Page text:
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misselle

Special leave for funeral refusal

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i was wondering if anyone had any advice with regards to the current situation im im. i recently lost my grandparent and the funeral is early next week. i work shifts and i am due to work the late shift the day before and of the funeral. i requested 2 days special leave to attend as i have to drive 6 hours to where the funeral is being held. i was refused the special leave on the grounds that it was not a close relative. i quizzed hr about this and they said there are no set rules and that it would be down to my manager to decide and that they would not over rule. the thing is i know of three other people whom have been grated special leave for a grandparents funeral and one who had it granted for an uncles funeral. they have said i can use my holiday leave to attend but im furious that i should have to do that when people in the same situation havent. can anyone advise?

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I am afraid that your only options are internal. There is no law on this, so it is at the employers discretion. You may have to submit a grievance showing that there has been some disparity in the way the rule is applied - but that doesn't mean that you will win.


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I am a barrister specialising in employment law, and only represent employees. My advice on employment issues is advice - not legal opinion - and is based only on the facts you provide. If you want an accurate assessment of your case and prospects, you should get legal opinion from a lawyer - not a public forum. Anything I tell you is for guidance only, and is based on my experience of the law in the context of what details you provide.

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To ensure you attend the funeral it may be wise to use the holiday process as indicated by your manager. At the same time submit a grievance highlighting your concerns.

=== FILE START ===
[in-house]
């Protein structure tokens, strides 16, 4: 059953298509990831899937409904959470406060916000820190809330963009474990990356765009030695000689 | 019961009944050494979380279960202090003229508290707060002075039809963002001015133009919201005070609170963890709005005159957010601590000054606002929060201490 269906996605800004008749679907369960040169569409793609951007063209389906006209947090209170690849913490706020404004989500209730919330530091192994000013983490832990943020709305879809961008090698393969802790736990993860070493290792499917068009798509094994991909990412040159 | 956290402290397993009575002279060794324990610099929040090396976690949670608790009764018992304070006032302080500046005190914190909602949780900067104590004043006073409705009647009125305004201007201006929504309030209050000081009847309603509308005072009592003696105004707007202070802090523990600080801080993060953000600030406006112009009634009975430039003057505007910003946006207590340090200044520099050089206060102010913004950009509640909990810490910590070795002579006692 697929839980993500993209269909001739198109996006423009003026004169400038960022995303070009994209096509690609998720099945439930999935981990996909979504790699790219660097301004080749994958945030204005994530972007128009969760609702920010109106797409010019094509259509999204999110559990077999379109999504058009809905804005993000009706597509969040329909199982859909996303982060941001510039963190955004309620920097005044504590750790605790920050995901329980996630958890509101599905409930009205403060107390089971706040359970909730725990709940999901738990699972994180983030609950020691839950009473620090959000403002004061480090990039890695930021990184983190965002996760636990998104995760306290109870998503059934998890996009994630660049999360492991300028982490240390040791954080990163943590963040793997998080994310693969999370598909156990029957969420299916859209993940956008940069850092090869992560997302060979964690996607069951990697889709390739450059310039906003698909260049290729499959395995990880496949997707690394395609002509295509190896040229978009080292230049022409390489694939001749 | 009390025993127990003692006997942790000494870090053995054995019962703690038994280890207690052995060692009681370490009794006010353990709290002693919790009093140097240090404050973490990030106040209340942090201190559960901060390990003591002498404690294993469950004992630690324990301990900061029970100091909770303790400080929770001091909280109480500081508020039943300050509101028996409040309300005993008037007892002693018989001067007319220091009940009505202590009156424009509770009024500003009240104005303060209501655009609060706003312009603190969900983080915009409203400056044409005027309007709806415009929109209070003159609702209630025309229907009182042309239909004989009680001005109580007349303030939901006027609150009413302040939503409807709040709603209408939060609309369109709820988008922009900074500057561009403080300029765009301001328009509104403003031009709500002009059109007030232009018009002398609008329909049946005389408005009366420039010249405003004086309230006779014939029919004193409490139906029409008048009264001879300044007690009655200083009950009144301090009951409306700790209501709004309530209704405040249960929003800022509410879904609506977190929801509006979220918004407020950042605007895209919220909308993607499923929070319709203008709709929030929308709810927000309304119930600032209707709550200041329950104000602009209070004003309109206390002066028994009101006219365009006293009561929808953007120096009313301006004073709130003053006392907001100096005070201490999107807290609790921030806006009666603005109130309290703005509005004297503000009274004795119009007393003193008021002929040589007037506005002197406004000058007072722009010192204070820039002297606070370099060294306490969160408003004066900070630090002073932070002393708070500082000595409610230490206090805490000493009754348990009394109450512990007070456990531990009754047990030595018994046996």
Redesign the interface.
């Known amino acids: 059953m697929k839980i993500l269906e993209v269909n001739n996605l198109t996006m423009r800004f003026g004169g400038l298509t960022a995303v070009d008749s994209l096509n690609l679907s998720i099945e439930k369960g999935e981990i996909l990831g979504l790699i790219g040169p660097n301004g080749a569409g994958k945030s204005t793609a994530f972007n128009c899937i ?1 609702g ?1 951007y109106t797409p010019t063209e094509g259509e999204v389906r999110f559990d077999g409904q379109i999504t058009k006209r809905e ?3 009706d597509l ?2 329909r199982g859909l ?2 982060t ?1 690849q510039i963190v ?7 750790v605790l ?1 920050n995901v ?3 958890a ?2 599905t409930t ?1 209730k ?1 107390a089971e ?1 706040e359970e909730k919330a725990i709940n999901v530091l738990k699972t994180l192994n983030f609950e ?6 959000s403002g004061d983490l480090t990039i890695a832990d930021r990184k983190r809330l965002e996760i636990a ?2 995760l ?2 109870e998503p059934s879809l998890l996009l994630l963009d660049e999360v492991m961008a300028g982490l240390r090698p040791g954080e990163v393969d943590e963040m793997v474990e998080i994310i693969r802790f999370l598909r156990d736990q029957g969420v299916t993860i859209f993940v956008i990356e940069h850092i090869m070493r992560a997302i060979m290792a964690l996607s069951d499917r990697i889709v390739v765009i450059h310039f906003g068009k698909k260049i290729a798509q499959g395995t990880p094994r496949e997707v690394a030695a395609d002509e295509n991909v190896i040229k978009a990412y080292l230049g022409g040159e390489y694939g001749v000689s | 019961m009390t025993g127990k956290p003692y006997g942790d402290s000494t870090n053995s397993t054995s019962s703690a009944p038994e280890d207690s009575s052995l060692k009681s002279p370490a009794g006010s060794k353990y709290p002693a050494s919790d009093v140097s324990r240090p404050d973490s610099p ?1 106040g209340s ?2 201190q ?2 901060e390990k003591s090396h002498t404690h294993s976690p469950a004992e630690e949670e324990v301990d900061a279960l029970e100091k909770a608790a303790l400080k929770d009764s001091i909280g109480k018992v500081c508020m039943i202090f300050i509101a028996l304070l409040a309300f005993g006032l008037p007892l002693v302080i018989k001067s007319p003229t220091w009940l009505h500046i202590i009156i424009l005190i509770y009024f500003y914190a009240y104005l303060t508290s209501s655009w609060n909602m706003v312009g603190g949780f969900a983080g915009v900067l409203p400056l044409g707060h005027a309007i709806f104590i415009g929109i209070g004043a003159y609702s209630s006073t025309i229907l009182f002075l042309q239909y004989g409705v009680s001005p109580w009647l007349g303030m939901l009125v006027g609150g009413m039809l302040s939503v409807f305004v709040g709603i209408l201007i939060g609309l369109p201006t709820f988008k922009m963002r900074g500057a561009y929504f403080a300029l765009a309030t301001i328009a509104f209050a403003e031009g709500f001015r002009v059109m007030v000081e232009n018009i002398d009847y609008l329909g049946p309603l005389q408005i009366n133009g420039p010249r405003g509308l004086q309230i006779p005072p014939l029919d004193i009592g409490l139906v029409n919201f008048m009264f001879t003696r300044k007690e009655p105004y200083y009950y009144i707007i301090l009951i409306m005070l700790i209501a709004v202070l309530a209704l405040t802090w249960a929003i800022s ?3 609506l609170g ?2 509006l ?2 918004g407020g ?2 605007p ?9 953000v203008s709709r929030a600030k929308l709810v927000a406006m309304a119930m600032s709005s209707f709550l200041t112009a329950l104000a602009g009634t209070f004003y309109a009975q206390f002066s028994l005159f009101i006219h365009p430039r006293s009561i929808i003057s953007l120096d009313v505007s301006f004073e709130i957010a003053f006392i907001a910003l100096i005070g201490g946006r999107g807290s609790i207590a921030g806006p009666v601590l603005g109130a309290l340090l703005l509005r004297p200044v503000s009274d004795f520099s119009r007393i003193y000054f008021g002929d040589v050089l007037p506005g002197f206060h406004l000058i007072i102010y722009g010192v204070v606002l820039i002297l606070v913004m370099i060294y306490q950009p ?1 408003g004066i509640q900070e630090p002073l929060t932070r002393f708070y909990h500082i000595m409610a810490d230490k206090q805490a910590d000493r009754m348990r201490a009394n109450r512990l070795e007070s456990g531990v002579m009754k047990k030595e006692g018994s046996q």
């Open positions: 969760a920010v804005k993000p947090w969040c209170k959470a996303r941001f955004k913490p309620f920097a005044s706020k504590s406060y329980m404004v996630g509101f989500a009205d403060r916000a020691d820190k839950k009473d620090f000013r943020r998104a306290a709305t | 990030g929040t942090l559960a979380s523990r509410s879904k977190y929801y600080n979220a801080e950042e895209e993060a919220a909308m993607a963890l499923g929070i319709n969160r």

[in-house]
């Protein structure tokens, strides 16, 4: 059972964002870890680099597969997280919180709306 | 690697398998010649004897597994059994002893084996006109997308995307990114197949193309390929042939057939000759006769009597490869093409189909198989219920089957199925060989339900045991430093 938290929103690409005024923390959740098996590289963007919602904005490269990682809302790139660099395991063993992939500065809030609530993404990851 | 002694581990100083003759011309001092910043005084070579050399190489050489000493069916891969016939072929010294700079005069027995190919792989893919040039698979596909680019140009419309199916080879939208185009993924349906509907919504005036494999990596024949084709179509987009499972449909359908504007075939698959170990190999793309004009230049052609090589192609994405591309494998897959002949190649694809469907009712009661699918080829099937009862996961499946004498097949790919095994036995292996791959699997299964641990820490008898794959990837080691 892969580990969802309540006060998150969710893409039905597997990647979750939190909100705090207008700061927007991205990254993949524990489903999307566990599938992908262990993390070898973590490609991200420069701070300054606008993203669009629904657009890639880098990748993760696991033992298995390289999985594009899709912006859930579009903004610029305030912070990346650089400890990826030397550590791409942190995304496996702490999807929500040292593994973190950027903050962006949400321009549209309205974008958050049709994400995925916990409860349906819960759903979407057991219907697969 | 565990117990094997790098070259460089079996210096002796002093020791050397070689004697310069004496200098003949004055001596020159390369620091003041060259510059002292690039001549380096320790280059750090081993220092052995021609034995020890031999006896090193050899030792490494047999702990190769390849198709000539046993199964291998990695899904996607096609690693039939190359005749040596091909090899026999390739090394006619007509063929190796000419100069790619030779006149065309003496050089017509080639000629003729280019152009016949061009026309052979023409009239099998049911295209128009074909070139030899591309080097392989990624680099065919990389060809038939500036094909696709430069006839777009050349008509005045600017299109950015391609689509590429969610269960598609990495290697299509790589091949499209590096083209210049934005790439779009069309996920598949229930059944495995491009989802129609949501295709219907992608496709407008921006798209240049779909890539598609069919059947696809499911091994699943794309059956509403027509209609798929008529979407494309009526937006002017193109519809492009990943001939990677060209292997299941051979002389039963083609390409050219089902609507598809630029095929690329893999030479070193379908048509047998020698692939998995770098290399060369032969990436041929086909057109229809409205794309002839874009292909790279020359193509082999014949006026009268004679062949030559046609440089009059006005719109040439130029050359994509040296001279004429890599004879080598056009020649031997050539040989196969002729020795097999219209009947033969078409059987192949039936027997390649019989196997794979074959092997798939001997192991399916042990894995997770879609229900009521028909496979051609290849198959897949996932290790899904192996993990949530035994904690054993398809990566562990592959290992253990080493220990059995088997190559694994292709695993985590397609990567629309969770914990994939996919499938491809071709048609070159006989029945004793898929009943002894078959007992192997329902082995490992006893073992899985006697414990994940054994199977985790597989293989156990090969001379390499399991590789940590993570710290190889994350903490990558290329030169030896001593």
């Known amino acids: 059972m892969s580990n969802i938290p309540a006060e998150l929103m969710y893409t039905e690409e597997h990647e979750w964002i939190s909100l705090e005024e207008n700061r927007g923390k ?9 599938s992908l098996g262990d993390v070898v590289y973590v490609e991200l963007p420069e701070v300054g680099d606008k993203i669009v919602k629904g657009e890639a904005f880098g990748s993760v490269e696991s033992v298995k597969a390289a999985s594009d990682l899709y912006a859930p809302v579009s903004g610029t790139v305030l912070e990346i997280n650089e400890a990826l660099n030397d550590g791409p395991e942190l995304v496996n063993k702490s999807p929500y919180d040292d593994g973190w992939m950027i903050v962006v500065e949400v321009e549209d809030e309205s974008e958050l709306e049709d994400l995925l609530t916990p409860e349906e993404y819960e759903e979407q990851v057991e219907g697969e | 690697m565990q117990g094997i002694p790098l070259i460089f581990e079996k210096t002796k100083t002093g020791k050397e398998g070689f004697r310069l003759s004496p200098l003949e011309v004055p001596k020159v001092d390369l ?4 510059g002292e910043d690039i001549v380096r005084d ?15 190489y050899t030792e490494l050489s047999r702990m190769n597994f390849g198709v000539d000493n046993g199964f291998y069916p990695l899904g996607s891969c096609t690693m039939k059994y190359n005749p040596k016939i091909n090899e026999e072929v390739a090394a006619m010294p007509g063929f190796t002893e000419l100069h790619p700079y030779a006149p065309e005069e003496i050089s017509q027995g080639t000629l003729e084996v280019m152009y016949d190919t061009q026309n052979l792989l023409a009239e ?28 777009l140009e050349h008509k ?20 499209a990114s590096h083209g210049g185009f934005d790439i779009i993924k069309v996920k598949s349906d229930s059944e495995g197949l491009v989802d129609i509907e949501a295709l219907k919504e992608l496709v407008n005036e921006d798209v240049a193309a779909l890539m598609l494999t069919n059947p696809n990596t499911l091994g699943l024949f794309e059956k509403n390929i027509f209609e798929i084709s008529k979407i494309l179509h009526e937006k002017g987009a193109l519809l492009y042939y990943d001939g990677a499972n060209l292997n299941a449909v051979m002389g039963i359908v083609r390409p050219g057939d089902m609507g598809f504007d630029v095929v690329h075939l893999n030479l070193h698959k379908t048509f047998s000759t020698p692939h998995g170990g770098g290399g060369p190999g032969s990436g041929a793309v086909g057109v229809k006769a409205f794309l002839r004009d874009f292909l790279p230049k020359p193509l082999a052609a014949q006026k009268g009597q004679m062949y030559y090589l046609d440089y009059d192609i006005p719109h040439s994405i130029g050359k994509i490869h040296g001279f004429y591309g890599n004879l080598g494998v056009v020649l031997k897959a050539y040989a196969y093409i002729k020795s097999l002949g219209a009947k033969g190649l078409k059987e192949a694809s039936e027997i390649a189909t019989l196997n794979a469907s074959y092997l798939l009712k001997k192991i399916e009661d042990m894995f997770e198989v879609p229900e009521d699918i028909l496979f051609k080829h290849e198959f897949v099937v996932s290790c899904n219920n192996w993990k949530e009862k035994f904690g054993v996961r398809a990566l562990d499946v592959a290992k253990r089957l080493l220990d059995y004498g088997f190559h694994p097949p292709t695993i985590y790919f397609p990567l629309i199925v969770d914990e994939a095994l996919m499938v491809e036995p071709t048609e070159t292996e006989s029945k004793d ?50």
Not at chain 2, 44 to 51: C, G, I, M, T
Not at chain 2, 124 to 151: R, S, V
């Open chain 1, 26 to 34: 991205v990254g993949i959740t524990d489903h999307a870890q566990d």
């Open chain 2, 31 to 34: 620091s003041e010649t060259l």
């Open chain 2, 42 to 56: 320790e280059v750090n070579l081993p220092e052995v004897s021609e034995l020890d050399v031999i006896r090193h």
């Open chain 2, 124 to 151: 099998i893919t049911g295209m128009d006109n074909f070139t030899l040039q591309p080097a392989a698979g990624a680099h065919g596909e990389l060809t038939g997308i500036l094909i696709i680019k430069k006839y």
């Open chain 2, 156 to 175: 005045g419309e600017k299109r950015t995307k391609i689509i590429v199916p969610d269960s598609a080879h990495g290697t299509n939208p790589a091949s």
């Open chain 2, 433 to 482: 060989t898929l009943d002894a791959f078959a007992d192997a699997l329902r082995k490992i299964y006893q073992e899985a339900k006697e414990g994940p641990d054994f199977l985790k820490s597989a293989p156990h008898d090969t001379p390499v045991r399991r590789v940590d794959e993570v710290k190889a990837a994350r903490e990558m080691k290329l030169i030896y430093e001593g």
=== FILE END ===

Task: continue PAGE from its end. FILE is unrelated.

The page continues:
You should describe the relationship you had with your grandparent and therefore in your circumstances special leave is justified.

 

You may win your grievance if you can show you have been treated unfairly regarding special leave for a close relative. It is not wise to state "joe bloggs had special leave for his grandparent" because everybodys circumstances are different.

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Compassionate leave is at the discretion of any employer - the only other 'leave' is that you can take for dependants, which may include immediate relatives or those who depend on you. However, not allowing compassionate leave for 2 days to attend a funeral a long distance away (in my opinion) is actually quite mean, and does not make commercial sense - many people are extremely close to their grandparents, and not allowing reasonable time off could mean that that person may be signed off with ill health in the future due to their grief? Grief is recognised as an important emotion in dealing with a death, but still so many employers have no interest in recognising this. It's a shame, but I can see it from both an employer's/employee's point of view..

 

Any grievance will fail unless you can show that you were treated differently in the same circumstances - which is difficult bearing in mind that each circumstance IS different and therefore different measures were required in other people's case. A grievance cannot be justified simply because you do not like something - you must have a valid reason. I'm not doubting your reasons and you have a legal right to raise a grievance, but if you do want to take things further in the correct way, ring ACAS and speak to them first, just so that you do not end up in the wrong place - after all, I'm sure that you have enough to deal with at this moment in time.


Lived through bankruptcy to tell the tale! Worked in various industries and studied law at university. All advice is given in good faith only :)

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